Monday, June 26, 2006

Clarifying Again What I Was Trying to Say in "Jesus is Not a Republican"

I find that my post of several days ago may not have been as clear as I would have liked.

So, to clarify things a bit, I believe that Christians have every right to participate in politics. Indeed, I believe that they should participate. They should also be guided by their prayer, their study of God's Word, and their Christian sensibilities as they vote, donate to candidates and causes, and so on.

(In the past, I've also stated the belief, held by Declaration of Independence signers John Adams and John Witherspoon, that in order for democracy to work, the vast majority of the populace must be Christian. Only the Judeo-Christian view of life takes practical, realistic consideration of the sinfulness of humanity and its susceptibility to redemption through the grace offered by the God seen in Jesus Christ!)

What I object to, and object to strenuously, is the attempt by some clergy types and Christian leaders to hijack the Gospel, presuming to enlist Jesus in support of their own specific political agendas.
I object to them allowing politicians to use the church, as is happening this year in Ohio's gubernatorial race, to collect funds for political campaigns or to let candidates make campaign appearances during worship.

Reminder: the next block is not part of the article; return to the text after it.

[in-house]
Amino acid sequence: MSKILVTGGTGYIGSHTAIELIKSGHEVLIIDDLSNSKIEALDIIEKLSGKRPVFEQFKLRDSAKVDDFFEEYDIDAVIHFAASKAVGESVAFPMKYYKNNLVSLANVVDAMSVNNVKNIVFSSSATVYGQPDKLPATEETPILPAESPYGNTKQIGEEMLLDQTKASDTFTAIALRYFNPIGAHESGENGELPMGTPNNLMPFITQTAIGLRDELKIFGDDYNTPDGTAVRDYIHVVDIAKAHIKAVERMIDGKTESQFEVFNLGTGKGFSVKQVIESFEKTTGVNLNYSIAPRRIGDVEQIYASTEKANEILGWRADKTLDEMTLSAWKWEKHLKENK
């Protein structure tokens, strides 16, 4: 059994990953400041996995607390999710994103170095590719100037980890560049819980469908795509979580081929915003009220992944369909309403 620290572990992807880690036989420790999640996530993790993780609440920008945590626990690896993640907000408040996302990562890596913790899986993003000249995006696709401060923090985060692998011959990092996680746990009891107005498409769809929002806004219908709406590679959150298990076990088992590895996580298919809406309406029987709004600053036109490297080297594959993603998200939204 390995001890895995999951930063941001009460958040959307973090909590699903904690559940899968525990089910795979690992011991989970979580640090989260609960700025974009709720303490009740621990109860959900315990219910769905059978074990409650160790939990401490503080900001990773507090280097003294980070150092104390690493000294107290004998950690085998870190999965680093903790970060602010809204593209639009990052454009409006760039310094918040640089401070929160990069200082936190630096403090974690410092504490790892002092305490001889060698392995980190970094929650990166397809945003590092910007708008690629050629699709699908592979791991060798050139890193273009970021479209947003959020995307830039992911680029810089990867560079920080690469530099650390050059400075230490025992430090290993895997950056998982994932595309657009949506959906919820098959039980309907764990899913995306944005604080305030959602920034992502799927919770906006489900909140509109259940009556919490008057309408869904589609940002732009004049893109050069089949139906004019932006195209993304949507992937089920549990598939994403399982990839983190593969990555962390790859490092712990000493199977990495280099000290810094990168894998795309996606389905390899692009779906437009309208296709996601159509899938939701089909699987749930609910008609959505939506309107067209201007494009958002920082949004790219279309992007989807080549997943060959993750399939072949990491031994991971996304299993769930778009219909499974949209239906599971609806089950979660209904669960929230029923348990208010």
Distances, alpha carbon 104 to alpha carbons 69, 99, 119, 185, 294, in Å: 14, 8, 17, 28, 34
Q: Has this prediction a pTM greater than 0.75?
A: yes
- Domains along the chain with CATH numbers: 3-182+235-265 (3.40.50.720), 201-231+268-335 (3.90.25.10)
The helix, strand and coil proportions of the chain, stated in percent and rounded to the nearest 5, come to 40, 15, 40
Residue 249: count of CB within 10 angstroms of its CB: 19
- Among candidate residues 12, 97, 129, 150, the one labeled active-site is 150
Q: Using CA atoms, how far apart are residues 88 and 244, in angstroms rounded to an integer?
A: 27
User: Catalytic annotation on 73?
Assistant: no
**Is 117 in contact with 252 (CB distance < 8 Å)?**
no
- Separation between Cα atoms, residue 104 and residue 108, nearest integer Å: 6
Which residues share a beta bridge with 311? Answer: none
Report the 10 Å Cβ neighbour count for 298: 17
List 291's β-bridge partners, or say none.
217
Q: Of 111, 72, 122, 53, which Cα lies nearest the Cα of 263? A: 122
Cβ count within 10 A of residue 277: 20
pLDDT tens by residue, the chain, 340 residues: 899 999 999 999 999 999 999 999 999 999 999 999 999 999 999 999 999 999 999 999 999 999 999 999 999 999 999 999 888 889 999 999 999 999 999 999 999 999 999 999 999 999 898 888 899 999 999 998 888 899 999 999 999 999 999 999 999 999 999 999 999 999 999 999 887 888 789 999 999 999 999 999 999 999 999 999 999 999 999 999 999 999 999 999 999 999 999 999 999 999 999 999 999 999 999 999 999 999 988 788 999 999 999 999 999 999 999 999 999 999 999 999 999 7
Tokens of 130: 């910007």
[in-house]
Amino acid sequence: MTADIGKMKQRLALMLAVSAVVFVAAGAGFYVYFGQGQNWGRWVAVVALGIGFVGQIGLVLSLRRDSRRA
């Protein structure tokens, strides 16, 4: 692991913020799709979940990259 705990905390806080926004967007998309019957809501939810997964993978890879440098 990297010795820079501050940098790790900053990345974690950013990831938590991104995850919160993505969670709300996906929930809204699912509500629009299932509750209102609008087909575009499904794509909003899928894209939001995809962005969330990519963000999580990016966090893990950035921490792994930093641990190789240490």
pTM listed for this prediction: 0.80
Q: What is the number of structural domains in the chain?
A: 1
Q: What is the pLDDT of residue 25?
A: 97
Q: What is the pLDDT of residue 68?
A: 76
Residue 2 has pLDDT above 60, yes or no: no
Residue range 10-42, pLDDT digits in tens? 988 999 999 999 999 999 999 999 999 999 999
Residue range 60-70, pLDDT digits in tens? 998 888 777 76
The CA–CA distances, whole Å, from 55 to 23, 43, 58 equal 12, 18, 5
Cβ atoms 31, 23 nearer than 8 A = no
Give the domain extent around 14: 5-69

I object to preachers who presume to tell their flocks that Jesus Christ prefers Candidate X or Party R or D.
Faithful, Bible-believing, Jesus-following Christians can and do disagree about political issues. For example, the party to which I belong--the Republican--generally advocates an end to abortion, certainly a position rooted in Christian ethics. But Democrats frequently oppose capital punishment, also because of the value they place on human life. You could go down a list of issues like these and show the Christian underpinnings of opposing views.

Rare is the political issue on which a "Christian" position is unambiguously clear.

The late founder of a worldwide adult literacy movement, Frank Laubach, was also a man of constant prayer. Three years ago, I posted something about one of Laubach's books on prayer. It bears some relevance to this subject. Here's what I wrote:
"I keep a file of meaningful quotes drawn from the books I read. Prayer: The Mightiest Force in the World is full of great quotes. In the current international crisis though, several stand out:

"'Most of us will never enter the White House and offer advice to the President. Probably he will never have time to read our letters [or our e-mails, I thought, as I read this]. But we can give him what is far more important than advice. We can give him a lift into the presence of God, make him hungry for divine wisdom...We can visit the White House with prayer as many times a day as we think of it, and every such visit makes us a channel between God and the President.'

"He also says that in our praying for the President and other leaders, '[w]e do not 'persuade God to try harder'...; it is our world leaders, our statesmen and church men [sic] whom we persuade to try harder. We help God when we pray. When great numbers of us pray for leaders, a mighty invisible spiritual force lifts our minds and eyes toward God. His Spirit flows through our prayer to them, and He can speak to them directly.'